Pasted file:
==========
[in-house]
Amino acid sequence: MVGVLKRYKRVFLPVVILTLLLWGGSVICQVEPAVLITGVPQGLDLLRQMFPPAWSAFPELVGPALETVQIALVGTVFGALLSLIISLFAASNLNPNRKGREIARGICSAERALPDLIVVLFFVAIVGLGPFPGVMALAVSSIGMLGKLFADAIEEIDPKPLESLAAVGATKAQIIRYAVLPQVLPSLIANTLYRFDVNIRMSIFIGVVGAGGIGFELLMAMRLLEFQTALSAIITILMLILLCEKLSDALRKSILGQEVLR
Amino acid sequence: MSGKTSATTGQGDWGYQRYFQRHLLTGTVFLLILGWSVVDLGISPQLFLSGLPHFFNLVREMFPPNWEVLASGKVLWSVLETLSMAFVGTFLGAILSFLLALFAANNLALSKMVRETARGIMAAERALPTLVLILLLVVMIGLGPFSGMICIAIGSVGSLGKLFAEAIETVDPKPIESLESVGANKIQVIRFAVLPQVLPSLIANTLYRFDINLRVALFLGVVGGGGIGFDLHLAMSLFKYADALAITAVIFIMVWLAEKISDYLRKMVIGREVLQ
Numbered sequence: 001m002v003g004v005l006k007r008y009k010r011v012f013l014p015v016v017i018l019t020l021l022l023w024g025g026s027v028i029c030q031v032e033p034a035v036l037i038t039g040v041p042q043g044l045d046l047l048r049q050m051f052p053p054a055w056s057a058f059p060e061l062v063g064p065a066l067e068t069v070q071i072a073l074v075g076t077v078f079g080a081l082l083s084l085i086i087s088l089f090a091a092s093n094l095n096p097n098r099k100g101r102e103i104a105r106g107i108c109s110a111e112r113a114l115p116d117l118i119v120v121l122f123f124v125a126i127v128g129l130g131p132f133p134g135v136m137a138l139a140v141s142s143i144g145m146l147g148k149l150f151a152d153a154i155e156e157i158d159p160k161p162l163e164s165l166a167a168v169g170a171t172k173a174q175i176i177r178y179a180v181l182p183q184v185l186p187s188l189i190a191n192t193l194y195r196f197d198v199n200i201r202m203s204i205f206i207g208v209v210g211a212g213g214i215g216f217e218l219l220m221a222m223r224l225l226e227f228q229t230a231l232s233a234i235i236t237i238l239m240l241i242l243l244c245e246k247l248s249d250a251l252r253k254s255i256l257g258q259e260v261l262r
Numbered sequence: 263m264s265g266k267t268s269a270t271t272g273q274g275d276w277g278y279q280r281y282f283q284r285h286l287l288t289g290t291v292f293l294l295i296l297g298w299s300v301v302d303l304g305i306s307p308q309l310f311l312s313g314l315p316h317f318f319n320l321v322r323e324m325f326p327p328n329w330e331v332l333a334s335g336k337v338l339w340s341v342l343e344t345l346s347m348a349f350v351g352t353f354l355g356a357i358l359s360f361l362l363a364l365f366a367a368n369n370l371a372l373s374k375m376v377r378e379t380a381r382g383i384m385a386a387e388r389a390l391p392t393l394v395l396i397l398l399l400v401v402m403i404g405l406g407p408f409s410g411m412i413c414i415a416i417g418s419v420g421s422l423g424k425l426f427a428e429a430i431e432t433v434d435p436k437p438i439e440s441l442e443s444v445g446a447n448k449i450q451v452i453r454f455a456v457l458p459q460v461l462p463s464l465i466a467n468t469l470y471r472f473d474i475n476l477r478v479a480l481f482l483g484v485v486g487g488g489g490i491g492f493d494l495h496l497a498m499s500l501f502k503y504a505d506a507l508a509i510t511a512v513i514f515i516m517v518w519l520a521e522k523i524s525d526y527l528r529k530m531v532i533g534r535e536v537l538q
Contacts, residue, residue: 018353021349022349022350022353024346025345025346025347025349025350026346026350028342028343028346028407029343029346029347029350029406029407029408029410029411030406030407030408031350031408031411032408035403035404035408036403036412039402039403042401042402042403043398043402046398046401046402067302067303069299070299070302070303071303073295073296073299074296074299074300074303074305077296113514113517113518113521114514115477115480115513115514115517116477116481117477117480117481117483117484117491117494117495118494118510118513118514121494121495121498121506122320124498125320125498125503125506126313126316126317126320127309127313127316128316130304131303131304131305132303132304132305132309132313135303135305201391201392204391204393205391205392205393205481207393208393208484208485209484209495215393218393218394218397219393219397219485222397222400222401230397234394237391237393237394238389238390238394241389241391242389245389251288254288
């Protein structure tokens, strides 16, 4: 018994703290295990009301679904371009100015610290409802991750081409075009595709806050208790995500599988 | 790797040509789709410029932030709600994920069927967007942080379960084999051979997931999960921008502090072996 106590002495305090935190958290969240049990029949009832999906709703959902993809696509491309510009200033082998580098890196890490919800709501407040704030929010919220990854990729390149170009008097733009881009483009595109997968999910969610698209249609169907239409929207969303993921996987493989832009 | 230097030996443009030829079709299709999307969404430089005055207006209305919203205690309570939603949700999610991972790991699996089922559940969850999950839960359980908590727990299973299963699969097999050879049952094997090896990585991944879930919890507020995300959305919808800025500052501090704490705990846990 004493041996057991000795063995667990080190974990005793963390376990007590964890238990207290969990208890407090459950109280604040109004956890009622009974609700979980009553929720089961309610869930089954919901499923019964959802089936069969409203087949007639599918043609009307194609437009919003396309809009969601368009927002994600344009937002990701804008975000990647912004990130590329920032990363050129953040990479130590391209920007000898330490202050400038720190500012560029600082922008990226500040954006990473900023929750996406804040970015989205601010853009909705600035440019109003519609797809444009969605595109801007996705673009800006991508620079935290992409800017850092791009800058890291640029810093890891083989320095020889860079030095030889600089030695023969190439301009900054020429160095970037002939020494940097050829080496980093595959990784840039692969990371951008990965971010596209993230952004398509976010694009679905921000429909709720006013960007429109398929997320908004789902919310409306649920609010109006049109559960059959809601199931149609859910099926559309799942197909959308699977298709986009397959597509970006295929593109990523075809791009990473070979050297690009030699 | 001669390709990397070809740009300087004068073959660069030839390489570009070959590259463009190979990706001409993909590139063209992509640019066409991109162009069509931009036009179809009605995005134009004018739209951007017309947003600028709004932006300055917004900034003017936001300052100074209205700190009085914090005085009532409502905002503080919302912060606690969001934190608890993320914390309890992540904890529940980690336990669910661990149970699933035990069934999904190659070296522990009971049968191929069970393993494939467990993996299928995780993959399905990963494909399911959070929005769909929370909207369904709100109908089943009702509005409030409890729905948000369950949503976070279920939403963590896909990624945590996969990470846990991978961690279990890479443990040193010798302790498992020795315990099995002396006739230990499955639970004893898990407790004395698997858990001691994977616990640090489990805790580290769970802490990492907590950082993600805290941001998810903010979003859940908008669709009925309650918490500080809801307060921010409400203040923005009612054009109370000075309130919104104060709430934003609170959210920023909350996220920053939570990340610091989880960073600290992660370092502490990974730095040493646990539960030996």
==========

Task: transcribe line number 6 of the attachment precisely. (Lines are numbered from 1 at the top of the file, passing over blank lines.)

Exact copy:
Contacts, residue, residue: 018353021349022349022350022353024346025345025346025347025349025350026346026350028342028343028346028407029343029346029347029350029406029407029408029410029411030406030407030408031350031408031411032408035403035404035408036403036412039402039403042401042402042403043398043402046398046401046402067302067303069299070299070302070303071303073295073296073299074296074299074300074303074305077296113514113517113518113521114514115477115480115513115514115517116477116481117477117480117481117483117484117491117494117495118494118510118513118514121494121495121498121506122320124498125320125498125503125506126313126316126317126320127309127313127316128316130304131303131304131305132303132304132305132309132313135303135305201391201392204391204393205391205392205393205481207393208393208484208485209484209495215393218393218394218397219393219397219485222397222400222401230397234394237391237393237394238389238390238394241389241391242389245389251288254288